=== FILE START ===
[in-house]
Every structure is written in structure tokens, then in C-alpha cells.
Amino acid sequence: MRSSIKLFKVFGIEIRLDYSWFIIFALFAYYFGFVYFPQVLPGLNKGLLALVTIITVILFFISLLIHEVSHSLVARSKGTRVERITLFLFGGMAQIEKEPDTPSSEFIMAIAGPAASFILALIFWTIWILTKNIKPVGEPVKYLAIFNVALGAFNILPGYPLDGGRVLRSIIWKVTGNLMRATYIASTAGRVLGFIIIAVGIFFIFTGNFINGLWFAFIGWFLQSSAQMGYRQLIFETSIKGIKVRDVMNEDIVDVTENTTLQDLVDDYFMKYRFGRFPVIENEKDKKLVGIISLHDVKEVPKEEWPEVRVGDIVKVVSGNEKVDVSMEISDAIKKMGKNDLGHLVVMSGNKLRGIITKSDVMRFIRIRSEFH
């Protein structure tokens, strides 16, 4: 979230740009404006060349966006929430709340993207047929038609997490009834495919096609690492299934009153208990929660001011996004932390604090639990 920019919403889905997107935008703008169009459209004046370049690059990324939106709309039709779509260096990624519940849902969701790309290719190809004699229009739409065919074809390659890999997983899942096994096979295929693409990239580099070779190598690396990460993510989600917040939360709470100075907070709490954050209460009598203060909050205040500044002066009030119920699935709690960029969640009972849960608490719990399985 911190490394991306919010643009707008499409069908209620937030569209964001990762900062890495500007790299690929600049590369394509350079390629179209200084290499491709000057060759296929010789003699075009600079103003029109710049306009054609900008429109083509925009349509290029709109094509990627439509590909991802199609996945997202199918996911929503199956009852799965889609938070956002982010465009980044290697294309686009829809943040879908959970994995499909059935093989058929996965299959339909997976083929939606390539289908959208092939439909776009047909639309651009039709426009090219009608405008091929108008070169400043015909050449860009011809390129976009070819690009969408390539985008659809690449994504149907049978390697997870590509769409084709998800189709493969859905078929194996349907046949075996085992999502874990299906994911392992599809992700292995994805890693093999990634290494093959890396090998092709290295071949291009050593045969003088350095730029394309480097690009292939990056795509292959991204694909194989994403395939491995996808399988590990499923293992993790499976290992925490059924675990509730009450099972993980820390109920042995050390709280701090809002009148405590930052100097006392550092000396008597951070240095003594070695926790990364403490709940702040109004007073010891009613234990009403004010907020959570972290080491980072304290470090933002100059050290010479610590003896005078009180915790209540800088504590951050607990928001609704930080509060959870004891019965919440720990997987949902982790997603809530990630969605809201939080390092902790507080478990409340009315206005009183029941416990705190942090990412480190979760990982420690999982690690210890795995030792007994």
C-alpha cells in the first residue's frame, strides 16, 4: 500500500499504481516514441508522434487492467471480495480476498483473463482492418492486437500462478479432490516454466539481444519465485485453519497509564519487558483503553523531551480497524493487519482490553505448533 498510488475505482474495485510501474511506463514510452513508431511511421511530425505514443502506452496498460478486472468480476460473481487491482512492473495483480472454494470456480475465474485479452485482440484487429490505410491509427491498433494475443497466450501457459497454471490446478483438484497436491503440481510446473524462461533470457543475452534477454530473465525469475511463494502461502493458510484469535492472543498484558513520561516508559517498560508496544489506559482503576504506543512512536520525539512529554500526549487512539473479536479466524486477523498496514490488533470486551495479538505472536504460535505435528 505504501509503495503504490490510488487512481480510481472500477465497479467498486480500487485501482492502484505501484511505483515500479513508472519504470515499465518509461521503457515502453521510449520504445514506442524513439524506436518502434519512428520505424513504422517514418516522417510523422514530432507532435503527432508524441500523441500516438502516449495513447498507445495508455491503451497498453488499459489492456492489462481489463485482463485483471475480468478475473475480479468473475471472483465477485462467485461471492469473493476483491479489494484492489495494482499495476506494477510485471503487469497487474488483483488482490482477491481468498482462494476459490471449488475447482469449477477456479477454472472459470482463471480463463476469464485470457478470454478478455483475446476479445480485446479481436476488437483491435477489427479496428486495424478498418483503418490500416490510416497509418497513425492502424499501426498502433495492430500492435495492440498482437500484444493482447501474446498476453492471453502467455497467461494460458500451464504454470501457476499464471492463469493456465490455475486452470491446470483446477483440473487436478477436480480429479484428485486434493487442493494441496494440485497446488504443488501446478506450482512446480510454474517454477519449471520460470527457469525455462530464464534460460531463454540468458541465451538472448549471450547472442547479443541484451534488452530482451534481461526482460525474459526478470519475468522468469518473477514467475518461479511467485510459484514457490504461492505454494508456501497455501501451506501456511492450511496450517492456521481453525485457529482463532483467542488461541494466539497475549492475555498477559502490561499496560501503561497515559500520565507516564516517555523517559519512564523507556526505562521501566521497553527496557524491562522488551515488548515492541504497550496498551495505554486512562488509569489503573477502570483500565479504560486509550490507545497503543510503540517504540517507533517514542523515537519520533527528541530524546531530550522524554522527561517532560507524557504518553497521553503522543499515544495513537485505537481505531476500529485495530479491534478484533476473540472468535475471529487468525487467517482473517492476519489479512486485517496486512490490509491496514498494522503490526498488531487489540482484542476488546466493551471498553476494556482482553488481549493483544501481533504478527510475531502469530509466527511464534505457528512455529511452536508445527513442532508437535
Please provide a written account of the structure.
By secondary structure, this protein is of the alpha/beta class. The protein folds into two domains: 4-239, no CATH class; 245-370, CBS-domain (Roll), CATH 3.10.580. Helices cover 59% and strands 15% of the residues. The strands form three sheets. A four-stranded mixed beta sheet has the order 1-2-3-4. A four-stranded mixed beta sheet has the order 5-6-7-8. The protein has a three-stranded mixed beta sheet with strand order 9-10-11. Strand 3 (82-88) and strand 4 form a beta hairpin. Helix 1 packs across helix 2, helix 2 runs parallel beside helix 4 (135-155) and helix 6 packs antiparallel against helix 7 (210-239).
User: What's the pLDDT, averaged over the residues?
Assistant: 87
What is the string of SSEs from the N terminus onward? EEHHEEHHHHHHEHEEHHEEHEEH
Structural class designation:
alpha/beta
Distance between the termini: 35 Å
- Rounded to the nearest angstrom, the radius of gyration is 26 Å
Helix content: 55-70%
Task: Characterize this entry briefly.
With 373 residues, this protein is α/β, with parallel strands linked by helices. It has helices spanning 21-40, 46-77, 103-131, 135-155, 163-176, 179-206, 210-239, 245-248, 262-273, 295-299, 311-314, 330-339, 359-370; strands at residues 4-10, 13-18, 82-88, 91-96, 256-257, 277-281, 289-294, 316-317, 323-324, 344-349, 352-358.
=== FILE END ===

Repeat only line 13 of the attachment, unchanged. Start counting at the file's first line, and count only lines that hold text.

Distance between the termini: 35 Å